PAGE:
Half a croissant, on a plate, with a sign in front of it saying '50c'
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Trapezoidal bit of cardboard

...to retrofit existing bins as recycling bins
  (+4)
(+4)
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(I'm going to try this idea later)

Where I live, we have a fairly relaxed recycling regime. All recyclable rubbish - glass, plastic, paper and cardboard can be put in the same bag and is collected once a week by the big orange recycling truck. We have a big cardboard box in the corner of the kitchen for recyclable stuff.

However, this doesn't work so well for other rooms in the house - e.g. in the bathroom, there's just one little cylindrical rubbish bin and it tends to get filled with recyclable and non-recyclable rubbish which means that none of it gets recycled.

So, this idea is to cut a bit of cardboard and fit it in the bin to divide it in two - it would have to be a trapezoidal shape (actually, an isosceles trapezium if we're being accurate) to fit this particular bin, hence the idea title. Then, half the bin can be used for recyclable rubbish and half for non-recyclable rubbish and there's no no need to clutter up the bathroom with an extra bin. If you need to sort your rubbish into different types of recyclable rubbish, use more cardboard to create more 'segments' in the same bin.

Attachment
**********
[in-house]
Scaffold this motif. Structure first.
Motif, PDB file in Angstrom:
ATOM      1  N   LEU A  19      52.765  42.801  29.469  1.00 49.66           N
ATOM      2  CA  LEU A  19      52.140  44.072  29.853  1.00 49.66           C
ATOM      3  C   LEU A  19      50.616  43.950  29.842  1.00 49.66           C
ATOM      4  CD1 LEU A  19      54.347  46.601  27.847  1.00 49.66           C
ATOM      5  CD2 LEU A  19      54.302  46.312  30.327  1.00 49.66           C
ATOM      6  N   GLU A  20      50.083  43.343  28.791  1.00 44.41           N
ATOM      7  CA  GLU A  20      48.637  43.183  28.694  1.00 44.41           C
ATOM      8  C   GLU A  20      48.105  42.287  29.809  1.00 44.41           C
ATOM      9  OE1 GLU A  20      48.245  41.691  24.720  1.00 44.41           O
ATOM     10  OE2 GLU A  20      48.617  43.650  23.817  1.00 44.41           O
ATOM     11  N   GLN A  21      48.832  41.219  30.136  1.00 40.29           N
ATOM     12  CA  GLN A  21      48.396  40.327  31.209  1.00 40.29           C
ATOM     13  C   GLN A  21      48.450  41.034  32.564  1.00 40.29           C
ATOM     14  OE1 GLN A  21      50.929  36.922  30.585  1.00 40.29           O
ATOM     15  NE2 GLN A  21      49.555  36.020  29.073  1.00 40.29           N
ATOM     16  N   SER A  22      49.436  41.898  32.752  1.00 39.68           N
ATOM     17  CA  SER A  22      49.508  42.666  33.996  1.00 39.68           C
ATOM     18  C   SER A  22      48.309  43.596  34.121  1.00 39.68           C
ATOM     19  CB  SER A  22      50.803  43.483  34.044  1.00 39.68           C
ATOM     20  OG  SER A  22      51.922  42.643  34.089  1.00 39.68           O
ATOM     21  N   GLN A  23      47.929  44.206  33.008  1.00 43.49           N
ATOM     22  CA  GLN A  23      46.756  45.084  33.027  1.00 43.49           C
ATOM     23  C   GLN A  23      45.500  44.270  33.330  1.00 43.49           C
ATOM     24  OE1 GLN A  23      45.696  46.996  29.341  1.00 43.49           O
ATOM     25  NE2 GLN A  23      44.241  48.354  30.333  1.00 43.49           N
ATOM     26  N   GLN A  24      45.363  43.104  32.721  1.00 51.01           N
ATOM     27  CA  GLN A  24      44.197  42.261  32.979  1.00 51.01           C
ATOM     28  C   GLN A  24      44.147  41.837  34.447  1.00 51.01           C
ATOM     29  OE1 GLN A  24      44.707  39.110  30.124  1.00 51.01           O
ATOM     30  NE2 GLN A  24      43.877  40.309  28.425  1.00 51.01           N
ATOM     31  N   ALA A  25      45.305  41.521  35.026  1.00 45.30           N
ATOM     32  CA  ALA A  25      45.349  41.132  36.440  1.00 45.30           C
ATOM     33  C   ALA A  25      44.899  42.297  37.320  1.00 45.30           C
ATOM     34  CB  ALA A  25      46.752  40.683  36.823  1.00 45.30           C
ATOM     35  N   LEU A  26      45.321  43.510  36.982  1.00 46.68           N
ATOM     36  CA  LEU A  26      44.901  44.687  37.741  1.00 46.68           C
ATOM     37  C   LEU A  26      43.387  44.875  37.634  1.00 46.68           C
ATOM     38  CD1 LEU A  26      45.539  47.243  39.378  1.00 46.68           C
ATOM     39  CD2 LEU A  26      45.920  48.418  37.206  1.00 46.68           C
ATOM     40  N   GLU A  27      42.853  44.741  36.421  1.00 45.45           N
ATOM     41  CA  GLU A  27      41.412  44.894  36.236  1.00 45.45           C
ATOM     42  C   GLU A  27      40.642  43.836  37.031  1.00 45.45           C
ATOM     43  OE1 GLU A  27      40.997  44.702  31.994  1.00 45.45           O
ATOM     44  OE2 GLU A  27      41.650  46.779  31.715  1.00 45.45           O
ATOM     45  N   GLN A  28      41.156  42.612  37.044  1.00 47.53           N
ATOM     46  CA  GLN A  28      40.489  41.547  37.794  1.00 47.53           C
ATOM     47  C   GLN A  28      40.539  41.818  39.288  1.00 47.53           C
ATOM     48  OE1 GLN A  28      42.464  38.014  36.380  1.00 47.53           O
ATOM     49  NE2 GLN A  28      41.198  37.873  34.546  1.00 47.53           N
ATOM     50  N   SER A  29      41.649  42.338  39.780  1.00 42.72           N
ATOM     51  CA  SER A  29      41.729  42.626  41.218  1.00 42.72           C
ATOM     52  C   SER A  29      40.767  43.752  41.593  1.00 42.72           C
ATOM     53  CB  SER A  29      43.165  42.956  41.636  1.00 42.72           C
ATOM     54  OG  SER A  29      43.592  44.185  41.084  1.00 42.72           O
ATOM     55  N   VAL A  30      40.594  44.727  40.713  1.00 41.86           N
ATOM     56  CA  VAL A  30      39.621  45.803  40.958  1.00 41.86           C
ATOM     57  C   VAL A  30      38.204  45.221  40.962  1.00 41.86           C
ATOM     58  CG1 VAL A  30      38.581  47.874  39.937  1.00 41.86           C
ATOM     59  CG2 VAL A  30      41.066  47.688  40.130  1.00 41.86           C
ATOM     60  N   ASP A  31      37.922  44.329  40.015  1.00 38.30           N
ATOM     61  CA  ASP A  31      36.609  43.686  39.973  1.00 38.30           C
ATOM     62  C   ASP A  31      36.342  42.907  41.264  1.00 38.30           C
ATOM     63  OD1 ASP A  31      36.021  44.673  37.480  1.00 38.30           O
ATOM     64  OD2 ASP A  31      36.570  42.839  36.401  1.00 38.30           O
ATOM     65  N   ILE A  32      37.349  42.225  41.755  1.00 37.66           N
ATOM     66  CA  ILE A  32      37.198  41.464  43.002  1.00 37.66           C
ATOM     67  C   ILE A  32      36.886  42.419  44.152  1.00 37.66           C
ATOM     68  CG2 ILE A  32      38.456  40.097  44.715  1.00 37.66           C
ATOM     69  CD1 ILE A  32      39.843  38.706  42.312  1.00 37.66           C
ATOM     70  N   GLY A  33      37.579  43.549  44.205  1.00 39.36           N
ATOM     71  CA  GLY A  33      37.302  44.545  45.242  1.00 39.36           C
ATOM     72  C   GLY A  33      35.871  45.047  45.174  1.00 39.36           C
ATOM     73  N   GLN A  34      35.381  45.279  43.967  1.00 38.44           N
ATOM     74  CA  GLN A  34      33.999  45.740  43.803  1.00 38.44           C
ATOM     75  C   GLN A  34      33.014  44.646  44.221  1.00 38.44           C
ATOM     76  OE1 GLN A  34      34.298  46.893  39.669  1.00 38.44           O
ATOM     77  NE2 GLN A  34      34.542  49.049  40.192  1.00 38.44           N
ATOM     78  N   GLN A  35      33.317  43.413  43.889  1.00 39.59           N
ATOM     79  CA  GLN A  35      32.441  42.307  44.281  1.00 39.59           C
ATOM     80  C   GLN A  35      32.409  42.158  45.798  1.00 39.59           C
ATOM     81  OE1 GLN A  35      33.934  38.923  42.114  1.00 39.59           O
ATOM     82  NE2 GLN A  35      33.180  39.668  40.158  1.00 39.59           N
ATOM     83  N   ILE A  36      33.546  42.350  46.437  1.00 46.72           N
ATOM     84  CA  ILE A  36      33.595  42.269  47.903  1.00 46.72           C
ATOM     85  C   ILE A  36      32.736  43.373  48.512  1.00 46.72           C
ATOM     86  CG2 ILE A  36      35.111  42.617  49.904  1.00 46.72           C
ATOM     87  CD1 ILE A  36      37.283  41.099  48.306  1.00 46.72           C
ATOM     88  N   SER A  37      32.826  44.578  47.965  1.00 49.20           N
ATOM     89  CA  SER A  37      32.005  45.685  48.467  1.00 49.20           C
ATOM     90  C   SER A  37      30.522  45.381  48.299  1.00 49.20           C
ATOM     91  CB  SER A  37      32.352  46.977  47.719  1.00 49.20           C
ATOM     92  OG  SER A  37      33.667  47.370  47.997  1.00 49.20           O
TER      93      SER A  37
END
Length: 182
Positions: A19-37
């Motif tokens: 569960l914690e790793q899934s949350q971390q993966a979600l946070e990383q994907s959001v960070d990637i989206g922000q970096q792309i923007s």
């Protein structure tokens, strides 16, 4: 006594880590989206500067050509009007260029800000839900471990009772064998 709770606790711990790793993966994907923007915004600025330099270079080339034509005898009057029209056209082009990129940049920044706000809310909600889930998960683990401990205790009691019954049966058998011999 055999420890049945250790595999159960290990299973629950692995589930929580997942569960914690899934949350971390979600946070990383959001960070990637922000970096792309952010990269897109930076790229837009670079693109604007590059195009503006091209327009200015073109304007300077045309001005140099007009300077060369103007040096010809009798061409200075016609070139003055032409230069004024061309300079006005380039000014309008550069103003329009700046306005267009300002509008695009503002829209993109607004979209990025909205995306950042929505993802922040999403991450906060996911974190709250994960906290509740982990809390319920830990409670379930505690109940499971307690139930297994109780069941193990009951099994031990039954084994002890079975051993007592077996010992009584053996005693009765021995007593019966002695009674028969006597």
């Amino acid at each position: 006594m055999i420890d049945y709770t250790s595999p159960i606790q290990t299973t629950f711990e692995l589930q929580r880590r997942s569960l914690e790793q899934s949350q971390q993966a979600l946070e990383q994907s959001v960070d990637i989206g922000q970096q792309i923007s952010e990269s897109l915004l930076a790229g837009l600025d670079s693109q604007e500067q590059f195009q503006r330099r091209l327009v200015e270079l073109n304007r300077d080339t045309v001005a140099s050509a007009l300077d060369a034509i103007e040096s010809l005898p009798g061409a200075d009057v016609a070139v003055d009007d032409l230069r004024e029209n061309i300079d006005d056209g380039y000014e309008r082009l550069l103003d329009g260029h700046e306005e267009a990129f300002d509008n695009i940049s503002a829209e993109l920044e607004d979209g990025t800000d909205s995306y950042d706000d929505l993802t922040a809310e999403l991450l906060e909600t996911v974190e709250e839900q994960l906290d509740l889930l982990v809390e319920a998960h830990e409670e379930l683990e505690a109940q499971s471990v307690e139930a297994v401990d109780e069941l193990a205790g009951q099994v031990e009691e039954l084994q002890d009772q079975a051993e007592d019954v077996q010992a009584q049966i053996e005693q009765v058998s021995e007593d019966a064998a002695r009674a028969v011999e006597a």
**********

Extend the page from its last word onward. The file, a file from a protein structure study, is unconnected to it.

hippo, Jan 26 2007

The derived source for the projected "two bin" technology Two_20Cups_20Of_20Coffee
[Ian Tindale, Jan 26 2007]

[link]






       It might facilitate discrete storage, but it would make retrieval more complex. However, deriving from a similar and related technology currently enjoying a revival, what about "two bins"?
Ian Tindale, Jan 26 2007
  

       Sure - linked.
Ian Tindale, Jan 26 2007
  

       A bin with pegs on the top would permit inserting several open plastic bags in the same bin to separate the different types of garbage.
JSand, Jan 26 2007
  

       Ah, I think I can solve your problem: how about a bin which has an open end at the top and bottom? Then you could put one type of refuse in one end, and if you have another type, then you could turn the bin upside down and put it in the other end.
Ling, Jan 26 2007
  

       That would provide an elegantly engineered solution, immediately doubling both capacity and segmentation while maintaining structural stability going forward and impacting minimally on capex.
wagster, Jan 26 2007
  

       I saw in a local shop recently a bin then when you open it it has not one but two, semi-curcular removable plastic buckets so you can use one half for recycling and one for normal waste.
webfishrune, Jan 26 2007
  

       Is "most" rubbish non-recyclable?   If so, the bin divider should be switchable; its divider can be folded one way or another to cover the lesser used half. +
reensure, Jan 26 2007
  

       [21] I have had that "popcorn" and I fail to see the distinction.
Galbinus_Caeli, Jan 26 2007
  
      
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